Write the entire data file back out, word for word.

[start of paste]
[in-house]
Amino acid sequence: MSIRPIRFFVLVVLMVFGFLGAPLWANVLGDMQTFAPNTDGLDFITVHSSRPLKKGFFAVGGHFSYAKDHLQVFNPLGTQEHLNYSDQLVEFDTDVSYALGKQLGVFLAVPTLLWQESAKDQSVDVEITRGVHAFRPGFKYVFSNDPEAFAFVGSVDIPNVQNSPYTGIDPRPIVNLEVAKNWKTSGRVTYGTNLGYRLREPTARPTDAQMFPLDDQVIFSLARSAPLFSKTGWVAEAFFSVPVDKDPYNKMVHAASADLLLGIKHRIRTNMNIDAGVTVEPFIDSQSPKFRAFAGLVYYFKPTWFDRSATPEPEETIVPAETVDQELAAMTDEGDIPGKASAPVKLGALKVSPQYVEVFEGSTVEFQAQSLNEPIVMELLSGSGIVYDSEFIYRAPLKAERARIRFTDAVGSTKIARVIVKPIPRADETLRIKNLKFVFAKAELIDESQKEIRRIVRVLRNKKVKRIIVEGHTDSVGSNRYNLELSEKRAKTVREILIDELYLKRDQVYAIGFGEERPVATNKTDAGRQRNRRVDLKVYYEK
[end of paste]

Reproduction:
[in-house]
Amino acid sequence: MSIRPIRFFVLVVLMVFGFLGAPLWANVLGDMQTFAPNTDGLDFITVHSSRPLKKGFFAVGGHFSYAKDHLQVFNPLGTQEHLNYSDQLVEFDTDVSYALGKQLGVFLAVPTLLWQESAKDQSVDVEITRGVHAFRPGFKYVFSNDPEAFAFVGSVDIPNVQNSPYTGIDPRPIVNLEVAKNWKTSGRVTYGTNLGYRLREPTARPTDAQMFPLDDQVIFSLARSAPLFSKTGWVAEAFFSVPVDKDPYNKMVHAASADLLLGIKHRIRTNMNIDAGVTVEPFIDSQSPKFRAFAGLVYYFKPTWFDRSATPEPEETIVPAETVDQELAAMTDEGDIPGKASAPVKLGALKVSPQYVEVFEGSTVEFQAQSLNEPIVMELLSGSGIVYDSEFIYRAPLKAERARIRFTDAVGSTKIARVIVKPIPRADETLRIKNLKFVFAKAELIDESQKEIRRIVRVLRNKKVKRIIVEGHTDSVGSNRYNLELSEKRAKTVREILIDELYLKRDQVYAIGFGEERPVATNKTDAGRQRNRRVDLKVYYEK